Saturday, August 19, 2017

"American Fire", a tale of arson on the Eastern shore of Virginia

The subtitle of this book is "Love, Arson, and Life in a Vanishing Land".  It is written by Monica Hesse, a Washington Post feature writer who turned an initial story in the Post into this book.  It is about an area in the north of Virginia's Eastern Shore, one that is completely rural and far removed from the prosperity of its 19th century plantations and even its 20th century poultry processing factories.  It is also totally unlike its southern neighboring Eastern Shore county Northhampton which has retained some wealth from the past.

Accomack County is a place where people are casual and it seems that everyone knows everyone else.  This story is about Charlie and Tonya, a couple who would be obvious misfits in most places but were just part of this rural community of people who were mostly raised in the area.  Those who are not native were welcomed but years were required before they could be viewed as anything but outsiders.  Charlie and Tonya's quirk was that they enjoyed burning down buildings.  This is not a spoiler as the book is not a whodunit.  Rather it is more of a look at the how and why a half year spree of burning down over 80 empty buildings took place before they were caught.  The fire department stayed busy and regional media was attracted to the story.

At times the book edges toward trying to a modest version of "Hillbilly Elegy", but then backs off of anything political or topical beyond the impoverished area that is the setting.  At others it gets sidetracked into trying to create a fable like Bonnie and Clyde, but after four or five pages on that it gives up for obvious reasons.  Hesse spends time on generalizations about human behavior but there is little that is insightful about her commentary.  The core of the book is a simple tale about a rural community that has few aspirations but many simple satisfactions for the people that choose to live there.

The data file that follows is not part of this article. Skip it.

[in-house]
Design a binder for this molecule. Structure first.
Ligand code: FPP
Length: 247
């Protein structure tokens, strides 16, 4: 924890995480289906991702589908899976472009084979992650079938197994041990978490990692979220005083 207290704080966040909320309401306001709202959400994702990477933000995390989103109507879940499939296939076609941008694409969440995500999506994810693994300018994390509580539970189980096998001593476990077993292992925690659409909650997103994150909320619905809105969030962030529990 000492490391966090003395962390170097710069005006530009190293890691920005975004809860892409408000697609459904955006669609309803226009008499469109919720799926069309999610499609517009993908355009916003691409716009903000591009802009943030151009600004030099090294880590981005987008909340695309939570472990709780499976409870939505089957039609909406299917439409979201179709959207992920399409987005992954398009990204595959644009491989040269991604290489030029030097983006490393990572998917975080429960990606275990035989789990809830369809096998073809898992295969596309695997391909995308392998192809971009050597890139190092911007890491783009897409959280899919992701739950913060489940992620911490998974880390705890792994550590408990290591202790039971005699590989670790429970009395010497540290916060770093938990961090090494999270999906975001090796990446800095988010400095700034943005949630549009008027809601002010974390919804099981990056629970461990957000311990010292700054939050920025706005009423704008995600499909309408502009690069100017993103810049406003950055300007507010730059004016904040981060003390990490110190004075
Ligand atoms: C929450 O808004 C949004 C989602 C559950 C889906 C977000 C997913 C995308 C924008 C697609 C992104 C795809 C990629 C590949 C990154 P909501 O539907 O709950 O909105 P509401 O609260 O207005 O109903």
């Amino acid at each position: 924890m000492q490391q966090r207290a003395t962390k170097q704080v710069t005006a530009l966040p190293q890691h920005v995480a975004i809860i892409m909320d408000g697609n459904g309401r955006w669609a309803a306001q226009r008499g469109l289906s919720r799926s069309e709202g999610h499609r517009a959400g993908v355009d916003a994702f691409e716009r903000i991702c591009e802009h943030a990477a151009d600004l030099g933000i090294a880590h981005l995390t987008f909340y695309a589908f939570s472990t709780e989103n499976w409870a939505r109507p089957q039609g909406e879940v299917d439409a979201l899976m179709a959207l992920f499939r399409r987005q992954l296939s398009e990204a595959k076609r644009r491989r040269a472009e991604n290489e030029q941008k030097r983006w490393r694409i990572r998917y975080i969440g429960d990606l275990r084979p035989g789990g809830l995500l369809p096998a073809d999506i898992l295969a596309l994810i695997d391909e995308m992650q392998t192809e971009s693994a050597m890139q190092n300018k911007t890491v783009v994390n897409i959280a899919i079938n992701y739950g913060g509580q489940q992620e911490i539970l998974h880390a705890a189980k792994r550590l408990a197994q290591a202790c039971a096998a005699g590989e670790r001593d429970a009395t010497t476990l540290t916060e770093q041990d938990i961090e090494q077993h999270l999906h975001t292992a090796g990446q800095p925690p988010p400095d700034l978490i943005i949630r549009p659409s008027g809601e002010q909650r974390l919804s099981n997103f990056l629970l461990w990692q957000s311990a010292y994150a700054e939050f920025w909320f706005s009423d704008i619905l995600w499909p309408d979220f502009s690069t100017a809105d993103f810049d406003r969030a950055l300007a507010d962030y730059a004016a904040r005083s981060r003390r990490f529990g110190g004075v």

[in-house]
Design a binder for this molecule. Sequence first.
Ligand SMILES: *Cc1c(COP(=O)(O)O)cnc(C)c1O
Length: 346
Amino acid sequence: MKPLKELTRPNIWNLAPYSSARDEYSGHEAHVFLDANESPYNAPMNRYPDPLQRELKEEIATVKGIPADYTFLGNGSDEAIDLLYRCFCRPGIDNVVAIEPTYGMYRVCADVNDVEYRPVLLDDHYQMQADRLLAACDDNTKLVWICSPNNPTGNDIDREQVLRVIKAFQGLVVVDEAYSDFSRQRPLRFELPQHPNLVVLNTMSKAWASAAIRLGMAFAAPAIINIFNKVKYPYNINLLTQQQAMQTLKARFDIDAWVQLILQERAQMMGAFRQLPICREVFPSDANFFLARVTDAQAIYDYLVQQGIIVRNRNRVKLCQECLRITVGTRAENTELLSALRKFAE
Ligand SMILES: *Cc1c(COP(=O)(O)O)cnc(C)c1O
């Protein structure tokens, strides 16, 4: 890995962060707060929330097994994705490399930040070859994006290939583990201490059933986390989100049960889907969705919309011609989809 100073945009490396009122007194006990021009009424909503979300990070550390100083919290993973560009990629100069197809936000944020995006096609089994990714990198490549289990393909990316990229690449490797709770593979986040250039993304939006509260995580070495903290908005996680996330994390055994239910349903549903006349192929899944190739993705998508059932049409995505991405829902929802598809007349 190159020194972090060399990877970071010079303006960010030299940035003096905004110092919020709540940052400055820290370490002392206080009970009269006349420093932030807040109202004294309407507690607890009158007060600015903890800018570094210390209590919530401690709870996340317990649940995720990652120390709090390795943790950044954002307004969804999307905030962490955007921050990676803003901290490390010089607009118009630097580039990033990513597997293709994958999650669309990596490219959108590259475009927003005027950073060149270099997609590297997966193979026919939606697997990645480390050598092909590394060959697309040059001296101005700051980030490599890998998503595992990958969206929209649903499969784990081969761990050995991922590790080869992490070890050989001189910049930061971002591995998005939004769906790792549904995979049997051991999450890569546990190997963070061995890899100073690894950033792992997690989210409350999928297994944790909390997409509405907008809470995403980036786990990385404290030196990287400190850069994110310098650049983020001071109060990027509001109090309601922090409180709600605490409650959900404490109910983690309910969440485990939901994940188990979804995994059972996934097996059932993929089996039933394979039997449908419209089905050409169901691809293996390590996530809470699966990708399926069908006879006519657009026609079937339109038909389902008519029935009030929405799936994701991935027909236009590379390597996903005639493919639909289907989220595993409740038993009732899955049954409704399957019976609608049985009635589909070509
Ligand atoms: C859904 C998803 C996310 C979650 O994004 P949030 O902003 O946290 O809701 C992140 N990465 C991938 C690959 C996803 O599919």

This book was widely reviewed so it is assumed to be a publishing success.  It is really a hugely stretched out feature story filled with characters that are mostly forgettable once the book is put aside.  Yet it does resonate in its own way,  like driving down a remote two lane highway in rural Carolina or Virginia and seeing the old tobacco barns still standing and an RC cola sign tacked to an abandoned general store.  It is about an isolated world that exists on the fumes of the past while absorbing the drugs and bad television of the present.  In this story, a limited young man's infatuation destroys his life and it is unclear whether he cares.

"American Fire" is at its best when it sticks to a straightforward and observant tale of a rural area that for many would otherwise be unknowable.


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